Honda saying goodbye to F1, but not IndyCar

Mark Scott
Honda IndyCar

Honda IndyCar

While Honda are preparing for their latest Formula 1 exit, they have announced that they are continuing on with their IndyCar project for the “long-term”.

The Japanese engine manufacturer announced on Friday that they are exiting Formula 1 at the end of the 2021 season, leaving Red Bull and AlphaTauri without an engine partner and ending Honda’s latest Formula 1 spell at six years after first returning with McLaren in 2015.

Honda decided that, having achieved their goal of producing a race-winning engine in Formula 1 again, they would turn their attention ‘to strive for the realization of carbon neutrality by 2050’.

‘This goal will be pursued as part of Honda’s environmental initiatives which is one of the top priorities of Honda as a mobility manufacturer.’

But Honda are not ending all of their motorsport links. They are set to continue in Formula E, while a new long-term deal has recently been agreed to remain in IndyCar.


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“To be able to announce a long-term, multi-year extension with our two great partners is phenomenal,” IndyCar president Jay Frye said, also referring to the fact that Chevrolet has also agreed to a new deal.

“It’s an exciting time in IndyCar with the innovations in the car, the new 2.4-liter engine and hybrid technology.

“Due to the global COVID-19 pandemic, the introduction of the 2.4-liter, twin-turbocharged V-6 with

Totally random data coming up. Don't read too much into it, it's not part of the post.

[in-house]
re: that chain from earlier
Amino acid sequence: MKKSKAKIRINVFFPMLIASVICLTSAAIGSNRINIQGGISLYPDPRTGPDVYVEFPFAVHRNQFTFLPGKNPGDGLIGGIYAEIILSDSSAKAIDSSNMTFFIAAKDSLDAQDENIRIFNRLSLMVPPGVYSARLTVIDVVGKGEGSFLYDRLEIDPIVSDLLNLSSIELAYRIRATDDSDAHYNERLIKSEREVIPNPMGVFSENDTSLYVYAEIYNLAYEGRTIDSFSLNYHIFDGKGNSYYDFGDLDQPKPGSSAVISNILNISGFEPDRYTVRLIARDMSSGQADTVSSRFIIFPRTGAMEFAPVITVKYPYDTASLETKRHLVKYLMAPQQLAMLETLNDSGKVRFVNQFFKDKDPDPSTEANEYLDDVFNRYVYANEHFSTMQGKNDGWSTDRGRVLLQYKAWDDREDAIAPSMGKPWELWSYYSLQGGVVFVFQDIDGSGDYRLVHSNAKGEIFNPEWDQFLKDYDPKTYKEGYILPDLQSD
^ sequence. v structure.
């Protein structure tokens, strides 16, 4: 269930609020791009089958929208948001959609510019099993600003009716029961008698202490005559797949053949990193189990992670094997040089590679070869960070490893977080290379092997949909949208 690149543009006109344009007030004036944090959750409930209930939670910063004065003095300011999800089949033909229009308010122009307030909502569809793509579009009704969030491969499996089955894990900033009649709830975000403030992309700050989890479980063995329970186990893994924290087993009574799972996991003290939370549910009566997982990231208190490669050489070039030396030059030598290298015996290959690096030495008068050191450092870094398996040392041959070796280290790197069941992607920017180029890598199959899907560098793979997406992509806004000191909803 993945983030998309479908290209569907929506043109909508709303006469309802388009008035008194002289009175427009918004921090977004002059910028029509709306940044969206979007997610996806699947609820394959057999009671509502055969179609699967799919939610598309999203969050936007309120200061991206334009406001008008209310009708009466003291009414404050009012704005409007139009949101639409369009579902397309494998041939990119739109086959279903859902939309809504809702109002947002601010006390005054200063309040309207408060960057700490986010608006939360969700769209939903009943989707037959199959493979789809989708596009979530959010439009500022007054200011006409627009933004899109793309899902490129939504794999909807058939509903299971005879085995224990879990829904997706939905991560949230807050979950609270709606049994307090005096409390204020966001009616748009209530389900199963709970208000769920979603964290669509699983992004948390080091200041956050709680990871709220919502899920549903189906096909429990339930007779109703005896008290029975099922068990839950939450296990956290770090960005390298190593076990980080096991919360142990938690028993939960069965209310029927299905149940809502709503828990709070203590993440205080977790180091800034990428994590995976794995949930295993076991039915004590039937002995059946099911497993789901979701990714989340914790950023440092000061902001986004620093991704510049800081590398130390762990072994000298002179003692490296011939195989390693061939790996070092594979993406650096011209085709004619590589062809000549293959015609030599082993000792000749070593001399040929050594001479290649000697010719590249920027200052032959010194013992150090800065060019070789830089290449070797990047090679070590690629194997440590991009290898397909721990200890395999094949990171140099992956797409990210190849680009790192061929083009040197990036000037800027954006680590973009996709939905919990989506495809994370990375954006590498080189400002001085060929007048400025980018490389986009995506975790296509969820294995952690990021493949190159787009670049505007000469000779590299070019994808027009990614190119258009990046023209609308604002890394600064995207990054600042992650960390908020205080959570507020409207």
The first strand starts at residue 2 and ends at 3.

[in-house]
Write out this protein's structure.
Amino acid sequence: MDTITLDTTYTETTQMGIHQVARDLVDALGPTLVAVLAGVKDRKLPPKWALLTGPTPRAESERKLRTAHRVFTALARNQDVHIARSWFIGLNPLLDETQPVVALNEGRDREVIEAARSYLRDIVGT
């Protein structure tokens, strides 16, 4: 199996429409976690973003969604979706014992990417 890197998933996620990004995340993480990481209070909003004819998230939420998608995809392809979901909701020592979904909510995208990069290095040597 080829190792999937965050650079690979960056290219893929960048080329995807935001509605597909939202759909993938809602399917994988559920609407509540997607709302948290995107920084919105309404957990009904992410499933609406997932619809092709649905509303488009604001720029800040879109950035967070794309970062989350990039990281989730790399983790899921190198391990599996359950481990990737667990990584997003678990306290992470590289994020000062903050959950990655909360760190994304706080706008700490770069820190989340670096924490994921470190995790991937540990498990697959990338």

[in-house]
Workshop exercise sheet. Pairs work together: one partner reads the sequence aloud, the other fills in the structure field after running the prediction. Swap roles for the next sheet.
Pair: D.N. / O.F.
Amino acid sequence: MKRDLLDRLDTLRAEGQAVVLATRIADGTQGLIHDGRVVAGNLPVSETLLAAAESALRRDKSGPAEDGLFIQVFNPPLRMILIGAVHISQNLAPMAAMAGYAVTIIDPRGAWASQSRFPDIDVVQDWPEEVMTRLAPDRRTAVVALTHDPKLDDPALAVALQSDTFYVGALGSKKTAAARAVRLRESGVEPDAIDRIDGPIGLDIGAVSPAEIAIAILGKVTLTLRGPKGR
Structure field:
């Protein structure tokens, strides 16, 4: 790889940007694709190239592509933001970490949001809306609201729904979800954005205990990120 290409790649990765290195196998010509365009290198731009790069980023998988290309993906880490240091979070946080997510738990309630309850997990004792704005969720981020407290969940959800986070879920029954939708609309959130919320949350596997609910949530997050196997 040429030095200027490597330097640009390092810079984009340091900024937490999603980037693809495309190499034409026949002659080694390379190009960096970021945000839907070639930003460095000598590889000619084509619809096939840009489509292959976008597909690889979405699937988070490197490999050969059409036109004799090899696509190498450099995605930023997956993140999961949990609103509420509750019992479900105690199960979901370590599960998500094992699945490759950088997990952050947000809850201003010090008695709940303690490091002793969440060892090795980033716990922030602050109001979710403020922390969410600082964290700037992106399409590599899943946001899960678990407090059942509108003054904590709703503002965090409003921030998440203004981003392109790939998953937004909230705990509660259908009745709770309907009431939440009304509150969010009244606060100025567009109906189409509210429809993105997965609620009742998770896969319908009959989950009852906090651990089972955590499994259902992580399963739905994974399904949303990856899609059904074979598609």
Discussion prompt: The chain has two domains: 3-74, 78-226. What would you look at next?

hybrid technology will be delayed to the year 2023.

“Working in partnership with Chevrolet and Honda, the new engine will give the most exciting and competitive racing series in the world an additional 100 horsepower, ultimately producing over 900.”

Ted Klaus, president of Honda performance development, said the reason for the renewal was because their vision of the sport matches IndyCar.

“Honda welcomes this step to the future by IndyCar, action that mirrors Honda’s efforts to develop and manufacture high-performance, electrified products that will meet industry challenges and delight our customers,” Klaus said.

“At Honda, we race to develop our people, to innovate technologies and to engage fans. We are proud of our uninterrupted, 27-year leadership in INDYCAR, and look forward to delivering a next-generation Honda 2.4-litre hybrid power unit.”

While Honda were unwilling to commit to Formula 1 beyond 2021, the new deal with IndyCar lasts “well into the end of the decade”.

Red Bull, meanwhile, are looking likely to return to Renault power for the start of the 2022 campaign.

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